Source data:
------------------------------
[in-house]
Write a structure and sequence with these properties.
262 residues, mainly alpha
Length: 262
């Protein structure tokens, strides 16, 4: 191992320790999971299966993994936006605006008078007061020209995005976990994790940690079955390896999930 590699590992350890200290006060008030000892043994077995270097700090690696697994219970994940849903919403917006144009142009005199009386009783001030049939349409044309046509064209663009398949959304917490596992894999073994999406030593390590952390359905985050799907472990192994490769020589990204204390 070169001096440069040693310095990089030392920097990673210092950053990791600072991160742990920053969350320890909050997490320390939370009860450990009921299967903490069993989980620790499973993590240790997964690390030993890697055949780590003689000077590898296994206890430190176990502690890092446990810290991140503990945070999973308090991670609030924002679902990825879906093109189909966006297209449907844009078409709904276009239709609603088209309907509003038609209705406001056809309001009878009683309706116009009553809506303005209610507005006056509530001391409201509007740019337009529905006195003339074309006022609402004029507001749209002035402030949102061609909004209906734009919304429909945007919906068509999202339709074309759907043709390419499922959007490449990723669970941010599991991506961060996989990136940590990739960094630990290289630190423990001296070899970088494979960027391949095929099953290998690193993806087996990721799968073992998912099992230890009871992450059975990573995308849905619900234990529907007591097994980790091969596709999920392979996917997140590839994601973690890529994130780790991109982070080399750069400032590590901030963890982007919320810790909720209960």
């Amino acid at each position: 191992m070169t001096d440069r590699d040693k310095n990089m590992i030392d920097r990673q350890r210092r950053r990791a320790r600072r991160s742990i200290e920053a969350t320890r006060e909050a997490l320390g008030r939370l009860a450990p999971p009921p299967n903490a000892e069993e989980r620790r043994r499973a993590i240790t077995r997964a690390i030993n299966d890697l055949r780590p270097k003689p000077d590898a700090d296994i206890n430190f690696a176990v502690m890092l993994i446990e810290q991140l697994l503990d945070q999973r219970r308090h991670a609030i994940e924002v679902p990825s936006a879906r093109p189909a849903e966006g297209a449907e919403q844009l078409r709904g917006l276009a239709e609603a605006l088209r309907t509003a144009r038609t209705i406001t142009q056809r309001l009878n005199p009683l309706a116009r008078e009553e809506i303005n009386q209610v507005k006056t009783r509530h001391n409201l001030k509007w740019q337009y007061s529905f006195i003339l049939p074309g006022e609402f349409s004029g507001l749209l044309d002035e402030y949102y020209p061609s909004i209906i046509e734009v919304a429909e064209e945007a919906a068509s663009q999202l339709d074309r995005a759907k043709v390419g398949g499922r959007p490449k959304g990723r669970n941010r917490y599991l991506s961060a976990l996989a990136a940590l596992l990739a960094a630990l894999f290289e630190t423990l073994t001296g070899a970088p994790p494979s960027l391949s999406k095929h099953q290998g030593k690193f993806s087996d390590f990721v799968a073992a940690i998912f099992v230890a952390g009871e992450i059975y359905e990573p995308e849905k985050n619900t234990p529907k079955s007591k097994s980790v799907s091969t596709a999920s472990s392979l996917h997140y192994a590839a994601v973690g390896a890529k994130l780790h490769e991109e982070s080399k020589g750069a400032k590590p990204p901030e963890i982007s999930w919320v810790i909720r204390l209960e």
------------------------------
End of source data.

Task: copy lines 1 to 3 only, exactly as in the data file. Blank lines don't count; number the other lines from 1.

[in-house]
Write a structure and sequence with these properties.
262 residues, mainly alpha